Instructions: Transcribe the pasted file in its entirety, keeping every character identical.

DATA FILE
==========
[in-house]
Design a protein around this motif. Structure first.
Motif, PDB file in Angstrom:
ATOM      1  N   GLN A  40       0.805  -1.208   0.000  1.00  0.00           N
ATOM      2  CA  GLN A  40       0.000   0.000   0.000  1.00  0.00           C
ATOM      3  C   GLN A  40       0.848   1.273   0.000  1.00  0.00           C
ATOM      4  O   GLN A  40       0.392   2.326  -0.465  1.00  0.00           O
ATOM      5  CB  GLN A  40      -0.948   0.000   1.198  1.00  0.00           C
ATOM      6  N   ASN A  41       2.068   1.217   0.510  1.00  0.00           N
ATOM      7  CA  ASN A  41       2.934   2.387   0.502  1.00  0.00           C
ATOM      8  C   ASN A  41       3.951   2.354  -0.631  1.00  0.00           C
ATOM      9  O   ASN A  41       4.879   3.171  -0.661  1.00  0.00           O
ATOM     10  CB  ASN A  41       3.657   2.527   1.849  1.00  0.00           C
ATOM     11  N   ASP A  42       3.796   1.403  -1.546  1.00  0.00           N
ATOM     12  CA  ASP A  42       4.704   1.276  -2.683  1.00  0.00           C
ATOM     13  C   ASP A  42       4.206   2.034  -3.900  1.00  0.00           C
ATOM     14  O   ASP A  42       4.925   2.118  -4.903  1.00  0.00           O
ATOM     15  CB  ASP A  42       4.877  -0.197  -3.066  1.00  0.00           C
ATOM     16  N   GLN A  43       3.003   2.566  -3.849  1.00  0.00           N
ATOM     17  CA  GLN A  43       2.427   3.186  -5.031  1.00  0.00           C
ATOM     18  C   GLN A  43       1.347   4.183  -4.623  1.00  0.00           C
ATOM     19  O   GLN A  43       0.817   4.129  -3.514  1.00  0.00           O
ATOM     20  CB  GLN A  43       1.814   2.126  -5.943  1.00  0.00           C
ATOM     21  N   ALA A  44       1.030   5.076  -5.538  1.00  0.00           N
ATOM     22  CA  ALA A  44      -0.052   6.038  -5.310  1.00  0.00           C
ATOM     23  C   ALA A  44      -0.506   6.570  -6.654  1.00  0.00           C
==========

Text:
[in-house]
Design a protein around this motif. Structure first.
Motif, PDB file in Angstrom:
ATOM      1  N   GLN A  40       0.805  -1.208   0.000  1.00  0.00           N
ATOM      2  CA  GLN A  40       0.000   0.000   0.000  1.00  0.00           C
ATOM      3  C   GLN A  40       0.848   1.273   0.000  1.00  0.00           C
ATOM      4  O   GLN A  40       0.392   2.326  -0.465  1.00  0.00           O
ATOM      5  CB  GLN A  40      -0.948   0.000   1.198  1.00  0.00           C
ATOM      6  N   ASN A  41       2.068   1.217   0.510  1.00  0.00           N
ATOM      7  CA  ASN A  41       2.934   2.387   0.502  1.00  0.00           C
ATOM      8  C   ASN A  41       3.951   2.354  -0.631  1.00  0.00           C
ATOM      9  O   ASN A  41       4.879   3.171  -0.661  1.00  0.00           O
ATOM     10  CB  ASN A  41       3.657   2.527   1.849  1.00  0.00           C
ATOM     11  N   ASP A  42       3.796   1.403  -1.546  1.00  0.00           N
ATOM     12  CA  ASP A  42       4.704   1.276  -2.683  1.00  0.00           C
ATOM     13  C   ASP A  42       4.206   2.034  -3.900  1.00  0.00           C
ATOM     14  O   ASP A  42       4.925   2.118  -4.903  1.00  0.00           O
ATOM     15  CB  ASP A  42       4.877  -0.197  -3.066  1.00  0.00           C
ATOM     16  N   GLN A  43       3.003   2.566  -3.849  1.00  0.00           N
ATOM     17  CA  GLN A  43       2.427   3.186  -5.031  1.00  0.00           C
ATOM     18  C   GLN A  43       1.347   4.183  -4.623  1.00  0.00           C
ATOM     19  O   GLN A  43       0.817   4.129  -3.514  1.00  0.00           O
ATOM     20  CB  GLN A  43       1.814   2.126  -5.943  1.00  0.00           C
ATOM     21  N   ALA A  44       1.030   5.076  -5.538  1.00  0.00           N
ATOM     22  CA  ALA A  44      -0.052   6.038  -5.310  1.00  0.00           C
ATOM     23  C   ALA A  44      -0.506   6.570  -6.654  1.00  0.00           C